Ansel and Cecile Blankenship had the most beautiful daughter upon which one could feast his eyes. She is five feet seven inches tall, thin as a rake with the brightest blue eyes you have ever seen, offset by ruby red lips, thick and glossy, and natural blond hair that rests on her gorgeous shoulders, fanning out and shining like spun gold.
Harriet Blankenship is about to become Mrs. Harold P. Shaw. Hal Shaw is a quintessential perfectly portly portrait of a high school, pen in pocket protector… greasy haired nerd. Hal is thirty two, balding, and overweight by fifty pounds. His feet toe out when he walks, and he has thick glasses manufactured by a far sighted Oriental circus knife thrower.
Harriet and I met in high school. When I say met, I do not mean in a romantic way; I dropped my book bag, and she helped me pick up the scattered papers. She smiled. I was unable to speak; I was more nervous than Mickey Rooney on his first wedding night. I turned four shades of red and stammered like a first year drama student at a dress rehearsal.
We often met walking the corridors at high school, and after a while we developed a friendship. She told me; she had plans to become a doctor. She said she was going to marry a doctor and have three children. I told her, I wanted to do a lot of things first, like sky diving, riding a donkey down into the Grand Canyon, and my favorite fantasy, a trip to Alaska to hunt Elk.
Even though, I was dying inside, knowing her intention to marry a doctor did trump being married to a jerk like me. I told her, I would dance at her wedding. She smiled…however; I did not think It would be to Harold Shaw.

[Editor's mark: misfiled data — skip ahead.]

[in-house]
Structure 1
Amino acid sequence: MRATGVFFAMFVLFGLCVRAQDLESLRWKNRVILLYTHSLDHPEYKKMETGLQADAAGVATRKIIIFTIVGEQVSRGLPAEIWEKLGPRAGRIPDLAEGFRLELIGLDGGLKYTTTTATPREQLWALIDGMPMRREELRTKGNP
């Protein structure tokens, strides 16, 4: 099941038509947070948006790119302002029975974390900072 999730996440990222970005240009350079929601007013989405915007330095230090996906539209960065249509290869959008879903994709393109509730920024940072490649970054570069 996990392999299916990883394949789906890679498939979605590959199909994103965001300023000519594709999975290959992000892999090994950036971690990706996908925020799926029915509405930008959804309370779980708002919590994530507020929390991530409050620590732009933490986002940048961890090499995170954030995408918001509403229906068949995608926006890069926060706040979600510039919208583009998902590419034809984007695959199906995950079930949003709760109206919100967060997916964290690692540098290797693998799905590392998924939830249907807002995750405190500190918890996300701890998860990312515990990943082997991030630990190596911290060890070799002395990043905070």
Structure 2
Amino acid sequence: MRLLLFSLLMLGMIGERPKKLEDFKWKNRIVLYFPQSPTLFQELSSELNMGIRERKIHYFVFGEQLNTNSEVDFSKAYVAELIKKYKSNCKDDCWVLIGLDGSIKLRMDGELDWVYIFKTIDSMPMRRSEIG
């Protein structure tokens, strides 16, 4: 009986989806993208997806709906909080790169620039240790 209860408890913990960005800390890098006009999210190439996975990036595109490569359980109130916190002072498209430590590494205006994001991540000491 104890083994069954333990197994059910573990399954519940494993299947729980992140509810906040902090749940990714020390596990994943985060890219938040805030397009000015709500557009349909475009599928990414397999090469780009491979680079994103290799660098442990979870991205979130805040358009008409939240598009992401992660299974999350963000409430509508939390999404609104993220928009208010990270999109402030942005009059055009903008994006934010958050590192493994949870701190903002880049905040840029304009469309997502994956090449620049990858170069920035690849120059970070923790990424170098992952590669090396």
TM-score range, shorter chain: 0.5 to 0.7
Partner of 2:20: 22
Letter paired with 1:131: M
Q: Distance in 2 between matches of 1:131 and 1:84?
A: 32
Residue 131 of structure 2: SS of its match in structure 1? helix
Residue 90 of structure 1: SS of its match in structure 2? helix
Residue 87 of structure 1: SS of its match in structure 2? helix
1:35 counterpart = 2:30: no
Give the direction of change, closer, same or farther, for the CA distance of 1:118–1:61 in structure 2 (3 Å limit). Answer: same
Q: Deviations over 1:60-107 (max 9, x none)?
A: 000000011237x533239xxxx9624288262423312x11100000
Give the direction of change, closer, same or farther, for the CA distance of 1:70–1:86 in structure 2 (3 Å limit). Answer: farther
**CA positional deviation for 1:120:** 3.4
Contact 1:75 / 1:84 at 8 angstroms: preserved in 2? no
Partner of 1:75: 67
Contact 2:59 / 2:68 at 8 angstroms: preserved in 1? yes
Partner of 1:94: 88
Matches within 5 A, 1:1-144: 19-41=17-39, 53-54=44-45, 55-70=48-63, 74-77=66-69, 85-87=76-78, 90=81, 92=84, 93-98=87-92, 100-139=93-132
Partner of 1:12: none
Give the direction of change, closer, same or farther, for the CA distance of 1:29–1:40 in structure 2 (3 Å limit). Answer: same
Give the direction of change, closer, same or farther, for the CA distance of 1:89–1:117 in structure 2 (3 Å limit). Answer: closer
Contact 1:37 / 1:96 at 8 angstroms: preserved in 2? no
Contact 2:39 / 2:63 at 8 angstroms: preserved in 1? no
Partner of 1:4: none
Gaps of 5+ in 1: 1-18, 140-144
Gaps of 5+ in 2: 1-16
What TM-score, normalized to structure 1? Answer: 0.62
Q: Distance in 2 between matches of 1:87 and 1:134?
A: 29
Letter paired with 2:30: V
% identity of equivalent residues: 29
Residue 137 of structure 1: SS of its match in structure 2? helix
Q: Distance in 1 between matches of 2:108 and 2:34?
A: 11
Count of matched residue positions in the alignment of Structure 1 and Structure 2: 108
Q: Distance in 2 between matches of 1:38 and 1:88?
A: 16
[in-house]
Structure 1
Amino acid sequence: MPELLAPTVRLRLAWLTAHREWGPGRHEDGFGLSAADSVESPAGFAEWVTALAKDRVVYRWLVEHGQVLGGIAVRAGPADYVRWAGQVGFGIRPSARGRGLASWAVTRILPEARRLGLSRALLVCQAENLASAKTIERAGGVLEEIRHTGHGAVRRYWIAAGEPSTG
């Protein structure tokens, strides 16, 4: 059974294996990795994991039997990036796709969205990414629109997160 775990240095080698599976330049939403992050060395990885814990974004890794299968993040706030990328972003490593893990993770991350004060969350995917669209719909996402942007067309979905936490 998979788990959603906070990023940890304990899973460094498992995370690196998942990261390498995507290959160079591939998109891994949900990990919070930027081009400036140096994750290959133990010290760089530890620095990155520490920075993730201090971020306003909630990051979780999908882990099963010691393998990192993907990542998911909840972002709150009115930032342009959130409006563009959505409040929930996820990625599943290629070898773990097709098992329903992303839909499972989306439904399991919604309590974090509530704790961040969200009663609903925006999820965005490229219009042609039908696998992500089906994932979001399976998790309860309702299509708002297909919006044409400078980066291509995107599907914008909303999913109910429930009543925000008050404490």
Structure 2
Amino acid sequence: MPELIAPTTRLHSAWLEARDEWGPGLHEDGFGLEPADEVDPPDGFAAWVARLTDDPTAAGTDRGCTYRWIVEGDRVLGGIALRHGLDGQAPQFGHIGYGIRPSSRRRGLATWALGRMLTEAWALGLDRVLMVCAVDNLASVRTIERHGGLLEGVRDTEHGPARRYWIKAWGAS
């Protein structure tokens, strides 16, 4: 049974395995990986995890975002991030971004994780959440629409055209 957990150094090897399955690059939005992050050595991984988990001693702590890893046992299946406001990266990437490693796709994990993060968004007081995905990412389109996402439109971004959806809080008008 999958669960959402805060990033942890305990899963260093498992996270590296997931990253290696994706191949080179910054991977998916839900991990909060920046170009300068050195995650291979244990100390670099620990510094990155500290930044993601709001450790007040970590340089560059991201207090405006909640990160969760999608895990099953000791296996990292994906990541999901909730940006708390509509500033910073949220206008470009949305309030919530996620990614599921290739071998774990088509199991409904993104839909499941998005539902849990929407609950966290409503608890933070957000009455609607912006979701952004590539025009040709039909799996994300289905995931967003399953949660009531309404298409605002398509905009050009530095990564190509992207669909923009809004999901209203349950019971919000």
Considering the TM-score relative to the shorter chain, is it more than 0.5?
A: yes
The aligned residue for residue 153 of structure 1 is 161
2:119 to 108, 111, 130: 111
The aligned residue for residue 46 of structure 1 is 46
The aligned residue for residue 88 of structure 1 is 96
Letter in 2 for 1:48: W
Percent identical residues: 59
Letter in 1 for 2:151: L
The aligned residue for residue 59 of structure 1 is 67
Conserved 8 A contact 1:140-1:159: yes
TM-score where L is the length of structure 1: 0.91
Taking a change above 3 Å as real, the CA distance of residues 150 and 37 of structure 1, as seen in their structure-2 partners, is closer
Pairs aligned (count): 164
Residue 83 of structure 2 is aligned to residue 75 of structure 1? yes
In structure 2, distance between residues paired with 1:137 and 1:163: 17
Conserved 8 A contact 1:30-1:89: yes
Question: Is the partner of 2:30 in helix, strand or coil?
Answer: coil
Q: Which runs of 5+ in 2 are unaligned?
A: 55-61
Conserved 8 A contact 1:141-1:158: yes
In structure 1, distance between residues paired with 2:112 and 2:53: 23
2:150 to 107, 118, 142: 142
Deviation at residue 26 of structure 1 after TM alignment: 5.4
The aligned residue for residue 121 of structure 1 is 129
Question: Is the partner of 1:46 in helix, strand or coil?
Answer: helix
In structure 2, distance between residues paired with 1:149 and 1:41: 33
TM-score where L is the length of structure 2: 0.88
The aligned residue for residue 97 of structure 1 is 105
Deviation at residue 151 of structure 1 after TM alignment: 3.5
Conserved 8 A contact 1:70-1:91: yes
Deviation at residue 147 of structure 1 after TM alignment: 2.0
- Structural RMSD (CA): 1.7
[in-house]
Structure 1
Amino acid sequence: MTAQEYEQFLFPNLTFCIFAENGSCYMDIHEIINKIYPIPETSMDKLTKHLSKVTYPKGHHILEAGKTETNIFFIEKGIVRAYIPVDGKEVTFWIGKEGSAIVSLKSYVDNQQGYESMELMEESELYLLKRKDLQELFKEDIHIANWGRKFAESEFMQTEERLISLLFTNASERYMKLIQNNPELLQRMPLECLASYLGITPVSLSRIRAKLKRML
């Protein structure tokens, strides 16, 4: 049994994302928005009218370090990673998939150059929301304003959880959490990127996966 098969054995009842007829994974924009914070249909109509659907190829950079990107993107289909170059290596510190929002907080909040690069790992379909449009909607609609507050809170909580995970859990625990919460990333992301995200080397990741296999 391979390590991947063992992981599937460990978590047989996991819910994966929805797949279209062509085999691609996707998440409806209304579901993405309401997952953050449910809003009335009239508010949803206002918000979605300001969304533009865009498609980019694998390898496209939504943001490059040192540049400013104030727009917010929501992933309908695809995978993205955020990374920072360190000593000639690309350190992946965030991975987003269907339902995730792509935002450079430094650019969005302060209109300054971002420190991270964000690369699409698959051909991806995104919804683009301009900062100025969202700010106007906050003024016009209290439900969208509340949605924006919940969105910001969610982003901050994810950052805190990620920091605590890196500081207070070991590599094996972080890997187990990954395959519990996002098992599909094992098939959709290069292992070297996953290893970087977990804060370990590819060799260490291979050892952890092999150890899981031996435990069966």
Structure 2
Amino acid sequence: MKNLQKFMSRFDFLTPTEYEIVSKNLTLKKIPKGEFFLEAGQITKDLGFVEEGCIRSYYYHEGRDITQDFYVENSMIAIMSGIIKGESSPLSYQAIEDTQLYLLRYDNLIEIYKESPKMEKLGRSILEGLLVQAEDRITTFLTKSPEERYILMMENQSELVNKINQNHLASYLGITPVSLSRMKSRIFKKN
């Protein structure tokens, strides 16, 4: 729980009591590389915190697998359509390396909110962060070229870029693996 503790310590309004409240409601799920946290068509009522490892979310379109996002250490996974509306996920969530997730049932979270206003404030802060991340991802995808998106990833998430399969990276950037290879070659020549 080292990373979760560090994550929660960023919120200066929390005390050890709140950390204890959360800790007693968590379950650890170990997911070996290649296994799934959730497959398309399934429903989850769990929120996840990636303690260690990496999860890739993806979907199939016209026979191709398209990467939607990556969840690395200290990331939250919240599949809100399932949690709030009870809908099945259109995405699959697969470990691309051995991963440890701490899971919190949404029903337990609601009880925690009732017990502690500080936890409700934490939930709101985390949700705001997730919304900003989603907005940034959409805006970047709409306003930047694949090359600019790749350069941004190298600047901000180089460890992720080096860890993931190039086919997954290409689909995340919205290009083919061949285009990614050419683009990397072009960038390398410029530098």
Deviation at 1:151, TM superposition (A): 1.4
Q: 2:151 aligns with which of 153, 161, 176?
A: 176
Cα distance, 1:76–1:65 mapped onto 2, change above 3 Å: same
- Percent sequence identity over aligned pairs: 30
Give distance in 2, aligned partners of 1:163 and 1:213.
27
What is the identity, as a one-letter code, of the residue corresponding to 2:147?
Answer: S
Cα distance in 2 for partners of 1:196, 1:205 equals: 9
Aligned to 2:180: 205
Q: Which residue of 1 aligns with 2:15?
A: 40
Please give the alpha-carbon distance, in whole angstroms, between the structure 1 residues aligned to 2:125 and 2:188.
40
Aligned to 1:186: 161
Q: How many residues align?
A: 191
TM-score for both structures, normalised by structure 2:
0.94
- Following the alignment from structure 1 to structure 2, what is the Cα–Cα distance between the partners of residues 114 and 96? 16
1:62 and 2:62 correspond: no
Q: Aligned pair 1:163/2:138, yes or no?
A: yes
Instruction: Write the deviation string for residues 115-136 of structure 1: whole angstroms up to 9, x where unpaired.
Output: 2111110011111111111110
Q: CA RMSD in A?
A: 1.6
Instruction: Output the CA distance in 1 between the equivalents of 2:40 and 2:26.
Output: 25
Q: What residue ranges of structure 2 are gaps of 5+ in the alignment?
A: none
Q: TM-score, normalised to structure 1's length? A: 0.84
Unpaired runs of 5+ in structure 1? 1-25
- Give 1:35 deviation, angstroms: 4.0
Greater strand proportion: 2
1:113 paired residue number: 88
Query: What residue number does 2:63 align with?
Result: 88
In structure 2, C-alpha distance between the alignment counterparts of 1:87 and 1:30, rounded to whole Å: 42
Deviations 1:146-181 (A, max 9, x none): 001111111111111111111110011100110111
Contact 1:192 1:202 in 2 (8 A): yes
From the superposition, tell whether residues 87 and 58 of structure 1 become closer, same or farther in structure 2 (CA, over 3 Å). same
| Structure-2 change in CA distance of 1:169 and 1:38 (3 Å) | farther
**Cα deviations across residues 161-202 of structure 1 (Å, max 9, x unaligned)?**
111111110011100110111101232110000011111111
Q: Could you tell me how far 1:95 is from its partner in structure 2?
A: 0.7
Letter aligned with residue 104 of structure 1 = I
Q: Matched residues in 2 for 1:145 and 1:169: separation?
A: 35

I know her marriage to Hal, who, by the way, is not a doctor, is not out of love, but a means to an end. Halâs father has money, and his mother comes from a wealthy family. I am sure they will both prosper, they have ambitions that far exceed eitherâs love for one another. Hal will take over his fatherâs business, and Harriet will become Dr Harriet Shaw M D.
For the last twenty years, I have wanted to ask Harriet out on a date, but I am too shy, and now it is too late.
Driving over to my Uncle Tomâs house in Portland, I anticipated he would have an answer for me. If anyone understood females, it was Uncle Tom…married four times and separated from his fifth wife, and he is only fifty two. His house is in a quiet middle class neighborhood in the North end of town. The small Cape is in need of paint and a new front porch, but it will not get done in his lifetime…too many ex-wives, too much alimony.
âCome in Amos, sit down,â he said. âYou will have to excuse the furnishings, had to sell half my furniture…the other half…the loan company repossessed. Iâve had a run of bad luck these last few months. But, then you did not come all the way into Portland to hear the hard luck stories of your favorite uncle.â Tom was my only uncle; Father was an only child and Mother had one brother, Thomas, and one sister, Madeline who died as a teenager of Meningitis.
I sat on an old orange crate that hardly bore my medium build. I was five feet eight and weighed one forty two. Uncle Tom, by comparison, was a large man, six feet one inch, two fifty with an odd handlebar mustache on his upper lip that curled up on the ends.
âThanks Uncle Tom,â I said. âI came to ask you a question.â
âYou could have dialed my number, saved on gas Amos. I do have a phone you know…one thing they have not taken away from me…yet.â
âI enjoy the ride…only thirty miles, and the coast is beautiful this time of the year,â I said.
â I am glad you came nephew… I am sorry you have to see what a little bad luck can do to a man of my… Oh well…what is it, you wanted to ask me?â
âYou remember…Harriet Blankenship?â
âThat cute blond you been wantinâ to date? You showed me her class picture when you graduated high school. Sure I do, who could forget a doll that pretty. You ask her out yet?â
âNo… thatâs just it, sheâs going to marry somebody else. I canât stand to think of her tied down to that… that moron.â As soon as I said it, I was ashamed of myself. Hal was not a moron…actually quite the opposite…more like a genius.
âI can still see his picture, the kid…er…guy with the thick glasses, and shoulder peaks on his homemade knitted wool sweater…the cardigan.â
âYes,â I said. âYes, that same person, Uncle Tom.â
âAnd you say he is the moron?â